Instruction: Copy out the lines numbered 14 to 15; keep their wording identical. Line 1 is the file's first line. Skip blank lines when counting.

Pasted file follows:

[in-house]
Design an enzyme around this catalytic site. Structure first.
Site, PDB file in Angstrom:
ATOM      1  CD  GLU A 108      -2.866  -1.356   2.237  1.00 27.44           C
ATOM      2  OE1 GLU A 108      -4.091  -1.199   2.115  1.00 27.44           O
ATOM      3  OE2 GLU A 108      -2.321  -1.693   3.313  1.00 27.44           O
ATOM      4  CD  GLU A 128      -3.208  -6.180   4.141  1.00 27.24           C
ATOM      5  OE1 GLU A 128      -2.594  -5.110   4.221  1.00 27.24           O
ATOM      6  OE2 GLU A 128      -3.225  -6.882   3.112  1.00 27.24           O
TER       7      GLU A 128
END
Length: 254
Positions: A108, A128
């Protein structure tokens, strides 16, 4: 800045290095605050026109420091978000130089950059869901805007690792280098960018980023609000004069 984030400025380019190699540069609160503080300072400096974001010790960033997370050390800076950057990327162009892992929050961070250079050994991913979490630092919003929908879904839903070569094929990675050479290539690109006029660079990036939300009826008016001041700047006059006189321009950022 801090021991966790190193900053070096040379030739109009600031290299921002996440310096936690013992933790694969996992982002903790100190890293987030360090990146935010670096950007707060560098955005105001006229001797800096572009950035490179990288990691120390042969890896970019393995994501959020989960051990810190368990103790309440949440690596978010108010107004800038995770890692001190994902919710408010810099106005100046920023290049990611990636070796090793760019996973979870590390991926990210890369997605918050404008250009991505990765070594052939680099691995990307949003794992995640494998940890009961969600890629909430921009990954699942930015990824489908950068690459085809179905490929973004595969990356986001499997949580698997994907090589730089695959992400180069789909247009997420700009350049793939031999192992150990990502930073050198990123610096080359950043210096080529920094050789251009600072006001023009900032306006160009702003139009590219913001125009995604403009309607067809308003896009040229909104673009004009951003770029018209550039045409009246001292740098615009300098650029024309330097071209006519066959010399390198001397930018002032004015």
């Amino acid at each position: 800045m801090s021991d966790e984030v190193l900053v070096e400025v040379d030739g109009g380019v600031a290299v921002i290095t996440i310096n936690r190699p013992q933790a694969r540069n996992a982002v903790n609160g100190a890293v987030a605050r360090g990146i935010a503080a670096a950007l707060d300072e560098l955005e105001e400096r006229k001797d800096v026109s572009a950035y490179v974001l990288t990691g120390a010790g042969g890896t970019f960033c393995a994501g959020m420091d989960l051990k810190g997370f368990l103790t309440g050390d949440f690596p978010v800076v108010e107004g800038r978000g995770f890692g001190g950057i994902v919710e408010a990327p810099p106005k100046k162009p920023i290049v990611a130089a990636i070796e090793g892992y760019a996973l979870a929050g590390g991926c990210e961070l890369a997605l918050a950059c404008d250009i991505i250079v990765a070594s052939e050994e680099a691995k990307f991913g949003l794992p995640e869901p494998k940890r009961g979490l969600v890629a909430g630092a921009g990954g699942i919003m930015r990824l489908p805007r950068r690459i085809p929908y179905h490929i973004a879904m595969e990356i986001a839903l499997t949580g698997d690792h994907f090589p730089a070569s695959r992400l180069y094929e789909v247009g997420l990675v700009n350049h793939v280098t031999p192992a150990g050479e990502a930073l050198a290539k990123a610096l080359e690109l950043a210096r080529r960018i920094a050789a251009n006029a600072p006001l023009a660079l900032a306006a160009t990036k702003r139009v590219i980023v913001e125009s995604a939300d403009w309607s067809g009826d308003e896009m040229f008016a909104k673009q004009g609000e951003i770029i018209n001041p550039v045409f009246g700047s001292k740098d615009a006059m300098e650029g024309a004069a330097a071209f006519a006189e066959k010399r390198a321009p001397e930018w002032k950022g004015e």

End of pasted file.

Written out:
């Protein structure tokens, strides 16, 4: 800045290095605050026109420091978000130089950059869901805007690792280098960018980023609000004069 984030400025380019190699540069609160503080300072400096974001010790960033997370050390800076950057990327162009892992929050961070250079050994991913979490630092919003929908879904839903070569094929990675050479290539690109006029660079990036939300009826008016001041700047006059006189321009950022 801090021991966790190193900053070096040379030739109009600031290299921002996440310096936690013992933790694969996992982002903790100190890293987030360090990146935010670096950007707060560098955005105001006229001797800096572009950035490179990288990691120390042969890896970019393995994501959020989960051990810190368990103790309440949440690596978010108010107004800038995770890692001190994902919710408010810099106005100046920023290049990611990636070796090793760019996973979870590390991926990210890369997605918050404008250009991505990765070594052939680099691995990307949003794992995640494998940890009961969600890629909430921009990954699942930015990824489908950068690459085809179905490929973004595969990356986001499997949580698997994907090589730089695959992400180069789909247009997420700009350049793939031999192992150990990502930073050198990123610096080359950043210096080529920094050789251009600072006001023009900032306006160009702003139009590219913001125009995604403009309607067809308003896009040229909104673009004009951003770029018209550039045409009246001292740098615009300098650029024309330097071209006519066959010399390198001397930018002032004015």
């Amino acid at each position: 800045m801090s021991d966790e984030v190193l900053v070096e400025v040379d030739g109009g380019v600031a290299v921002i290095t996440i310096n936690r190699p013992q933790a694969r540069n996992a982002v903790n609160g100190a890293v987030a605050r360090g990146i935010a503080a670096a950007l707060d300072e560098l955005e105001e400096r006229k001797d800096v026109s572009a950035y490179v974001l990288t990691g120390a010790g042969g890896t970019f960033c393995a994501g959020m420091d989960l051990k810190g997370f368990l103790t309440g050390d949440f690596p978010v800076v108010e107004g800038r978000g995770f890692g001190g950057i994902v919710e408010a990327p810099p106005k100046k162009p920023i290049v990611a130089a990636i070796e090793g892992y760019a996973l979870a929050g590390g991926c990210e961070l890369a997605l918050a950059c404008d250009i991505i250079v990765a070594s052939e050994e680099a691995k990307f991913g949003l794992p995640e869901p494998k940890r009961g979490l969600v890629a909430g630092a921009g990954g699942i919003m930015r990824l489908p805007r950068r690459i085809p929908y179905h490929i973004a879904m595969e990356i986001a839903l499997t949580g698997d690792h994907f090589p730089a070569s695959r992400l180069y094929e789909v247009g997420l990675v700009n350049h793939v280098t031999p192992a150990g050479e990502a930073l050198a290539k990123a610096l080359e690109l950043a210096r080529r960018i920094a050789a251009n006029a600072p006001l023009a660079l900032a306006a160009t990036k702003r139009v590219i980023v913001e125009s995604a939300d403009w309607s067809g009826d308003e896009m040229f008016a909104k673009q004009g609000e951003i770029i018209n001041p550039v045409f009246g700047s001292k740098d615009a006059m300098e650029g024309a004069a330097a071209f006519a006189e066959k010399r390198a321009p001397e930018w002032k950022g004015e």